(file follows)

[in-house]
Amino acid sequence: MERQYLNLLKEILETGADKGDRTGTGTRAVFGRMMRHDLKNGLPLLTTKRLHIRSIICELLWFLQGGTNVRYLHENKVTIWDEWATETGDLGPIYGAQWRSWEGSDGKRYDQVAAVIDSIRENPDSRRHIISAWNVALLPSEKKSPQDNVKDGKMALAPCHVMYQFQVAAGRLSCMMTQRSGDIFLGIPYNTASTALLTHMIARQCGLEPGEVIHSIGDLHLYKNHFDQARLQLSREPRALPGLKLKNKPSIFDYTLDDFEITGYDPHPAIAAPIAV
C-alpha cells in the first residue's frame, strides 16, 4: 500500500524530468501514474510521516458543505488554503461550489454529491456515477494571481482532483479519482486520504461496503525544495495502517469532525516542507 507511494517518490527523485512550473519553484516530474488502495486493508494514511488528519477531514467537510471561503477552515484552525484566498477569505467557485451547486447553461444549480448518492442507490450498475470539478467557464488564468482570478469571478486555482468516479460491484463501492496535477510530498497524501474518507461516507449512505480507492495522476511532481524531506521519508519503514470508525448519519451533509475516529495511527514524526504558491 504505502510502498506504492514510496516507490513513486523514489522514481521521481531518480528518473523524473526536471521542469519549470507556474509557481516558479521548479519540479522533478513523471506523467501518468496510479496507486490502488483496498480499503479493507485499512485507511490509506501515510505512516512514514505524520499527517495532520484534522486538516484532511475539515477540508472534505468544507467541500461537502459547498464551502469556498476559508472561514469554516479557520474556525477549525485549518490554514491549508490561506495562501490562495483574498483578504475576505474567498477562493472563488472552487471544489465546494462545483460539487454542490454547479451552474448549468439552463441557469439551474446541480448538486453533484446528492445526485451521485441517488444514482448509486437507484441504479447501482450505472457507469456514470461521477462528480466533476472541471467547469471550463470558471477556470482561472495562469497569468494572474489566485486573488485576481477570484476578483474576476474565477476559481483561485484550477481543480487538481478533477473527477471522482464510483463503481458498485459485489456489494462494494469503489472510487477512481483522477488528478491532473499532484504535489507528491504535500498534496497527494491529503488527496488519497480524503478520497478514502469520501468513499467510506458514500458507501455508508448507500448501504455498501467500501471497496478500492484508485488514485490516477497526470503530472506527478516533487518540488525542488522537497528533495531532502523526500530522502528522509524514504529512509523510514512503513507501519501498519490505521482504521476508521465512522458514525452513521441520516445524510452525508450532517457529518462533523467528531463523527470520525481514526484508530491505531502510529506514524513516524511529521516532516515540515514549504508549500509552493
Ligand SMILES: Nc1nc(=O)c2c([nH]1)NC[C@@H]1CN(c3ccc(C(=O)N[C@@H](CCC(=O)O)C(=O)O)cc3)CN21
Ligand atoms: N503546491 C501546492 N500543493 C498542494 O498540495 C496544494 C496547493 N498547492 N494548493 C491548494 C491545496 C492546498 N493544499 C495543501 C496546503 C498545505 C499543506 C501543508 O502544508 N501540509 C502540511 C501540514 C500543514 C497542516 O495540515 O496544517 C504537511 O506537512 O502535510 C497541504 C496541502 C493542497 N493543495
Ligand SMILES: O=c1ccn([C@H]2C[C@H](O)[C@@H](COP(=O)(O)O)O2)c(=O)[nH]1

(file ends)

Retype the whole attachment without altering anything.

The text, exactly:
[in-house]
Amino acid sequence: MERQYLNLLKEILETGADKGDRTGTGTRAVFGRMMRHDLKNGLPLLTTKRLHIRSIICELLWFLQGGTNVRYLHENKVTIWDEWATETGDLGPIYGAQWRSWEGSDGKRYDQVAAVIDSIRENPDSRRHIISAWNVALLPSEKKSPQDNVKDGKMALAPCHVMYQFQVAAGRLSCMMTQRSGDIFLGIPYNTASTALLTHMIARQCGLEPGEVIHSIGDLHLYKNHFDQARLQLSREPRALPGLKLKNKPSIFDYTLDDFEITGYDPHPAIAAPIAV
C-alpha cells in the first residue's frame, strides 16, 4: 500500500524530468501514474510521516458543505488554503461550489454529491456515477494571481482532483479519482486520504461496503525544495495502517469532525516542507 507511494517518490527523485512550473519553484516530474488502495486493508494514511488528519477531514467537510471561503477552515484552525484566498477569505467557485451547486447553461444549480448518492442507490450498475470539478467557464488564468482570478469571478486555482468516479460491484463501492496535477510530498497524501474518507461516507449512505480507492495522476511532481524531506521519508519503514470508525448519519451533509475516529495511527514524526504558491 504505502510502498506504492514510496516507490513513486523514489522514481521521481531518480528518473523524473526536471521542469519549470507556474509557481516558479521548479519540479522533478513523471506523467501518468496510479496507486490502488483496498480499503479493507485499512485507511490509506501515510505512516512514514505524520499527517495532520484534522486538516484532511475539515477540508472534505468544507467541500461537502459547498464551502469556498476559508472561514469554516479557520474556525477549525485549518490554514491549508490561506495562501490562495483574498483578504475576505474567498477562493472563488472552487471544489465546494462545483460539487454542490454547479451552474448549468439552463441557469439551474446541480448538486453533484446528492445526485451521485441517488444514482448509486437507484441504479447501482450505472457507469456514470461521477462528480466533476472541471467547469471550463470558471477556470482561472495562469497569468494572474489566485486573488485576481477570484476578483474576476474565477476559481483561485484550477481543480487538481478533477473527477471522482464510483463503481458498485459485489456489494462494494469503489472510487477512481483522477488528478491532473499532484504535489507528491504535500498534496497527494491529503488527496488519497480524503478520497478514502469520501468513499467510506458514500458507501455508508448507500448501504455498501467500501471497496478500492484508485488514485490516477497526470503530472506527478516533487518540488525542488522537497528533495531532502523526500530522502528522509524514504529512509523510514512503513507501519501498519490505521482504521476508521465512522458514525452513521441520516445524510452525508450532517457529518462533523467528531463523527470520525481514526484508530491505531502510529506514524513516524511529521516532516515540515514549504508549500509552493
Ligand SMILES: Nc1nc(=O)c2c([nH]1)NC[C@@H]1CN(c3ccc(C(=O)N[C@@H](CCC(=O)O)C(=O)O)cc3)CN21
Ligand atoms: N503546491 C501546492 N500543493 C498542494 O498540495 C496544494 C496547493 N498547492 N494548493 C491548494 C491545496 C492546498 N493544499 C495543501 C496546503 C498545505 C499543506 C501543508 O502544508 N501540509 C502540511 C501540514 C500543514 C497542516 O495540515 O496544517 C504537511 O506537512 O502535510 C497541504 C496541502 C493542497 N493543495
Ligand SMILES: O=c1ccn([C@H]2C[C@H](O)[C@@H](COP(=O)(O)O)O2)c(=O)[nH]1